Sunday, January 28, 2007

Health Insurance Blithering: "47 Million Uninsured"

The Bush health-insurance proposal has not been on the table for a week, and it's drawn more partisan fire than the War on Terror.

That's an accomplishment!

Some of that partisanship spills into "news" stories and it significantly distorts what should be a reasoned debate.

For example, in Saturday's JSOnline, we see the following:

The administration estimates that the average tax bill for families who now buy their own health insurance will go down by more than $3,650 in 2009, the year the tax break would be enacted. President Bush estimates that 3 million more people would get health insurance as a result.

That is a small percentage of the estimated 47 million people without health insurance, most of them lacking coverage for a year or longer.

That number--"47 million"--is pure horseapples.

The Congressional Budget Office ran the numbers (2003 report) and found that it is a wild exaggeration--not just a 'high-end guess.'

The key to understanding the legerdemain is separating "uninsured for a WHOLE year" from "uninsured at SOME POINT during a year." The numbers change dramatically:

CBO found that there are up to 40 million (non-elderly) people who are uninsured at "some point" during the year, but only 21 to 31 million who are uninsured for a "whole year or more." They also found that up to 59 million are uninsured "at any time" during a year.

Naturally, that 59 million figure is a totaling of the other two categories.

There are a number of other facts which are significant. Among them:

Many children (3 million or so) are eligible for Medicaid, but are not covered because their parent(s) have not applied for the coverage on behalf of the children;

Over 75% of the uninsured state that their health is "good", "very good", or "excellent."

HALF of the "uninsured spells" lasted 4 months or LESS.

People with less education are more likely than higher-educated people to experience long uninsured spells. Some 23 percent of spells among people in families in which no one graduated from high school last more than two years, compared with a figure of only 8 percent among people in families in which at least one person has a bachelor's degree

Obviously, a reflection of "employability."

About 19% of those who were un-covered for a year or more state that they "do not need insurance" (!!) or "don't believe in insurance" (!!!!)

Finally, about 23% of those who are un-covered are Hispanics. The CBO does not break down that category, but it is certain that some proportion of that group are illegals.

Unfortunately, some people are more interested in throwing political bombs than in rational discourse:

"You got to take this proposal for what it is," said Paul Fronstin, a health care economist with Employee Benefit Research Institute, a policy research organization. "It's not about insurance reform and it's not about health care reform. It's about premiums and taxes. And it's about ideology."

The "I-word" is code for irrational. Perhaps a mirror would help Mr. Fronstin.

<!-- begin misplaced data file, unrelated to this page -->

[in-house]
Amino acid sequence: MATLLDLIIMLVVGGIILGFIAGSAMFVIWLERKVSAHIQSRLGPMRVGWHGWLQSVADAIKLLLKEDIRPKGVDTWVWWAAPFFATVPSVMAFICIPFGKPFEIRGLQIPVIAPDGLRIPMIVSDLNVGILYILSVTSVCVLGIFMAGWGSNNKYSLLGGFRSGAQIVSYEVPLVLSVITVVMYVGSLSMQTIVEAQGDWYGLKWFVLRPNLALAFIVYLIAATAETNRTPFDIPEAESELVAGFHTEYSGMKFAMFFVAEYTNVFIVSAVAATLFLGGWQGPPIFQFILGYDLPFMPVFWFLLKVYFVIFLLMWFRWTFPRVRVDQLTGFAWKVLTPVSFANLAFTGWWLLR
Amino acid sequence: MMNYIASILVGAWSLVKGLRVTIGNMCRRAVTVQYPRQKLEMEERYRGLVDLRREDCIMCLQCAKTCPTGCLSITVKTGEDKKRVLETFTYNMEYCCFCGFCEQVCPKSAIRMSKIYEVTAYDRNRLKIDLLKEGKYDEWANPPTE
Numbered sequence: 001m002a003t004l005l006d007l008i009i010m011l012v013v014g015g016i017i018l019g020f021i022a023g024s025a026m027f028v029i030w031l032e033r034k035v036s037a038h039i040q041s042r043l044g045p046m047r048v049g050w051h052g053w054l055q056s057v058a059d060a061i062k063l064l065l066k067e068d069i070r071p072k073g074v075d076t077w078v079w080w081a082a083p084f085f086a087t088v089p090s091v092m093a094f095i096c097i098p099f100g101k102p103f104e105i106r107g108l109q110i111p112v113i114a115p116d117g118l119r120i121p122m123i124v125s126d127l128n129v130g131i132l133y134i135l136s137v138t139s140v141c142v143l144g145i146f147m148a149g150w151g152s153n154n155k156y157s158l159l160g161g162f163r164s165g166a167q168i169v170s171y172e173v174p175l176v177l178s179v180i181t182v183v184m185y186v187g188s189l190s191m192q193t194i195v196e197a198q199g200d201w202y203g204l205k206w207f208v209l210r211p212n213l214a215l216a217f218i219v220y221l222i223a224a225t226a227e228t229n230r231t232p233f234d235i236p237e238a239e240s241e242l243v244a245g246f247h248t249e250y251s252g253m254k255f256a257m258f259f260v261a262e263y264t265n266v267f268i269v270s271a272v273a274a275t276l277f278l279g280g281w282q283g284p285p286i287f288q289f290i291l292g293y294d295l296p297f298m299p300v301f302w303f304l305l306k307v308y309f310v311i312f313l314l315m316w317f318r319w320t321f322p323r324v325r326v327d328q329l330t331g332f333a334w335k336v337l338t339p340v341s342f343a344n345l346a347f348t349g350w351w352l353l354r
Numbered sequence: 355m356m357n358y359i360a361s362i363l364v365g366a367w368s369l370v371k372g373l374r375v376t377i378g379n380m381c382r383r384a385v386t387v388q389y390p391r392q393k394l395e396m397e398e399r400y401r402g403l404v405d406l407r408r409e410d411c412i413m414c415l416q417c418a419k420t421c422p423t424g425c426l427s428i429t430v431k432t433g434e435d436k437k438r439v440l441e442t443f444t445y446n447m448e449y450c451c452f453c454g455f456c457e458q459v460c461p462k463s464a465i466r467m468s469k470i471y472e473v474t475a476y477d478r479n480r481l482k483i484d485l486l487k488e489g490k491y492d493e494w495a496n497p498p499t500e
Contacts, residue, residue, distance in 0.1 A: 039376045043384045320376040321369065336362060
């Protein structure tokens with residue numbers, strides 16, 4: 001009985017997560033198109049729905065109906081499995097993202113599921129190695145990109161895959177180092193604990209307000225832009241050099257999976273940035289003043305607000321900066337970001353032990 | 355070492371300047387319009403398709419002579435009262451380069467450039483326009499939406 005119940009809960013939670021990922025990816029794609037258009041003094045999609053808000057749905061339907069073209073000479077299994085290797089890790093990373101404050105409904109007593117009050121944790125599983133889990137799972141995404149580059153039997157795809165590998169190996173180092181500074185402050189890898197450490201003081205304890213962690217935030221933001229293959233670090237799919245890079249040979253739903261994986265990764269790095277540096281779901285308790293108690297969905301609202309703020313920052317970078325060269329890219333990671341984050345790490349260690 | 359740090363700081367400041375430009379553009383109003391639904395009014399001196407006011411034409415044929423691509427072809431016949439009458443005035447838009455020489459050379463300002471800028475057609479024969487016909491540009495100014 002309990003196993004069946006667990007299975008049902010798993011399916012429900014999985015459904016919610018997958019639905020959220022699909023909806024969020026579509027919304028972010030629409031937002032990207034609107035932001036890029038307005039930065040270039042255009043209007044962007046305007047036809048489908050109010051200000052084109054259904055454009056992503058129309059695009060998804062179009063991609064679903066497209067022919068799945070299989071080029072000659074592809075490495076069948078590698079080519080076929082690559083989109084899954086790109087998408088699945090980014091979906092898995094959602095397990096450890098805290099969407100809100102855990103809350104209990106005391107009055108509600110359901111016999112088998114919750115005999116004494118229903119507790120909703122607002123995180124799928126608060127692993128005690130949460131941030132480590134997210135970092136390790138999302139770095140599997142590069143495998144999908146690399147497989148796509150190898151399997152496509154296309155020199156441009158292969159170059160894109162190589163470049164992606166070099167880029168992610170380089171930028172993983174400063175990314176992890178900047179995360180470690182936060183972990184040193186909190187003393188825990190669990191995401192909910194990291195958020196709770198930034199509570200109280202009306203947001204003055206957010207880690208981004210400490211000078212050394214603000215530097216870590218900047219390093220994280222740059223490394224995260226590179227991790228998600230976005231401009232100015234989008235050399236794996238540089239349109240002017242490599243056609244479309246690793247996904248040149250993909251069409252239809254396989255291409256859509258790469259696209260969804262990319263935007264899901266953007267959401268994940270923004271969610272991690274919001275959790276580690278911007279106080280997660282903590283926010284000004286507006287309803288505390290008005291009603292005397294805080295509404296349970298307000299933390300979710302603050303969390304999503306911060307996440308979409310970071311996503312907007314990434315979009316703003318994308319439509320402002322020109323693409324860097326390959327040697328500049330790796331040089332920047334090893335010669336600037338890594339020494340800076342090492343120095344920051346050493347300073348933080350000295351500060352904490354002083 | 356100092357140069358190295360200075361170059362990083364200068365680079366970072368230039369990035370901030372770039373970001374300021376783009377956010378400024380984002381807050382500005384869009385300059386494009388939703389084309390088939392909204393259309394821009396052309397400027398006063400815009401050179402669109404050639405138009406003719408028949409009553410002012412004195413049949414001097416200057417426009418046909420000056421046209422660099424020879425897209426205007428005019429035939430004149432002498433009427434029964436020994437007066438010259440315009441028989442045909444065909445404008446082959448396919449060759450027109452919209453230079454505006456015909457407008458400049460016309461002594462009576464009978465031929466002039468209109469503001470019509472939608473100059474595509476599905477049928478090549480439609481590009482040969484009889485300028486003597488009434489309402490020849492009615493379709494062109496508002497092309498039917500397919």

There's a reason that Wisconsin liberals are not interested in Bush's proposal: it's called "politics."

Bush wants to make other federal health programs more flexible so that they complement, rather than hinder, state reform efforts. For instance, instead of sending billions to hospital emergency rooms and other providers to treat the uninsured after they get sick (the current practice), states could use the funds to help the poor obtain the sort of private coverage available to the rest of us.

In general, moving decision-making closer to the problem (i.e., to the State) is a good thing. It's called 'the principle of subsidiarity,' and is a matter of common sense. But States wish to avoid the responsibility which goes with the authority, because it's much easier to point fingers at "the Feds" than to actually be responsible. State deficits matter, and States have "other priorities."

Ironically, Bush's plan does what most liberals want: it will increase taxes on those who have exceptionally good plans--the OTHER source of State recalcitrance, particularly in States with strong public employee/teachers' union presence.

Briefly, the Bush $15K cap will make many teachers' health-plans partially taxable. This is absolutely anathema to Jim Doyle (among others.)

So how to address this problem while ignoring the obvious? Simple. Go to "the future."

The president proposed creating a standard deduction - $15,000 for families, $7,500 for individuals - for health insurance starting in 2009. If the cost of a health insurance policy exceeded the standard deduction, the amount above the limit would be taxable.

...The deduction would be pegged to the Consumer Price Index, not the rise in health care costs or in health insurance. The difference is significant. Since 2000, the cost of health insurance offered by employers rose an estimated 87%, compared with an 18% increase in the price index, according to the Kaiser Family Foundation.

This means that more people's health benefits eventually will exceed the deduction - about 40% of health plans in 10 years, by one estimate.

"It doesn't matter how many people we are talking about today," Fronstin said. "The fact is, six, seven years from now, you are talking about a big number."

Fronstin demonstrates how "ideology" really works with his projection. It's no different from the AlGore "Inconvenience:" find a cataclysmic possibility in the future, and flog it.

Let's settle down and start with germane facts; accept responsibility, and design a plan which works. Bush's proposal is an excellent start, if only the Ideologue Left would stop their screeching and spitting long enough to work with it.

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